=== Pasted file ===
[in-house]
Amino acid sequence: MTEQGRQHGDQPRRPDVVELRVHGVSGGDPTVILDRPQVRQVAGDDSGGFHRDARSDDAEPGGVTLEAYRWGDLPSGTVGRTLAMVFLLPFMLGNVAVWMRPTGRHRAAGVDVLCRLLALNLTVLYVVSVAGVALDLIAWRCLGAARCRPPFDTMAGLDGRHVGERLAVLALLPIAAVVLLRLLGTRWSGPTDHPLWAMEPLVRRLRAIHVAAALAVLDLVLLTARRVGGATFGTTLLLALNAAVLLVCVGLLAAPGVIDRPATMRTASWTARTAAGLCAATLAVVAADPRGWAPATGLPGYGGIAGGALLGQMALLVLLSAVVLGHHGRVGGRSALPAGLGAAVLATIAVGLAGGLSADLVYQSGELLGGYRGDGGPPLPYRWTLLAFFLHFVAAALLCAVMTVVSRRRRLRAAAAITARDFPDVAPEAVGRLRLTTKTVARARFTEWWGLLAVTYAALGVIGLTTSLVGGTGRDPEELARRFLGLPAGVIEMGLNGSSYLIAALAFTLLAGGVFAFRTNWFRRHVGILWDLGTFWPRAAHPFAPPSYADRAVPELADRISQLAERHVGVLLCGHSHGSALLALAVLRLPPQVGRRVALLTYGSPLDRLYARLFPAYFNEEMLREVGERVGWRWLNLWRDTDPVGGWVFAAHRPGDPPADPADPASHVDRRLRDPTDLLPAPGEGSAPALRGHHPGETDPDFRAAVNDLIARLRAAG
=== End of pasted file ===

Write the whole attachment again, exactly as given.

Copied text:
[in-house]
Amino acid sequence: MTEQGRQHGDQPRRPDVVELRVHGVSGGDPTVILDRPQVRQVAGDDSGGFHRDARSDDAEPGGVTLEAYRWGDLPSGTVGRTLAMVFLLPFMLGNVAVWMRPTGRHRAAGVDVLCRLLALNLTVLYVVSVAGVALDLIAWRCLGAARCRPPFDTMAGLDGRHVGERLAVLALLPIAAVVLLRLLGTRWSGPTDHPLWAMEPLVRRLRAIHVAAALAVLDLVLLTARRVGGATFGTTLLLALNAAVLLVCVGLLAAPGVIDRPATMRTASWTARTAAGLCAATLAVVAADPRGWAPATGLPGYGGIAGGALLGQMALLVLLSAVVLGHHGRVGGRSALPAGLGAAVLATIAVGLAGGLSADLVYQSGELLGGYRGDGGPPLPYRWTLLAFFLHFVAAALLCAVMTVVSRRRRLRAAAAITARDFPDVAPEAVGRLRLTTKTVARARFTEWWGLLAVTYAALGVIGLTTSLVGGTGRDPEELARRFLGLPAGVIEMGLNGSSYLIAALAFTLLAGGVFAFRTNWFRRHVGILWDLGTFWPRAAHPFAPPSYADRAVPELADRISQLAERHVGVLLCGHSHGSALLALAVLRLPPQVGRRVALLTYGSPLDRLYARLFPAYFNEEMLREVGERVGWRWLNLWRDTDPVGGWVFAAHRPGDPPADPADPASHVDRRLRDPTDLLPAPGEGSAPALRGHHPGETDPDFRAAVNDLIARLRAAG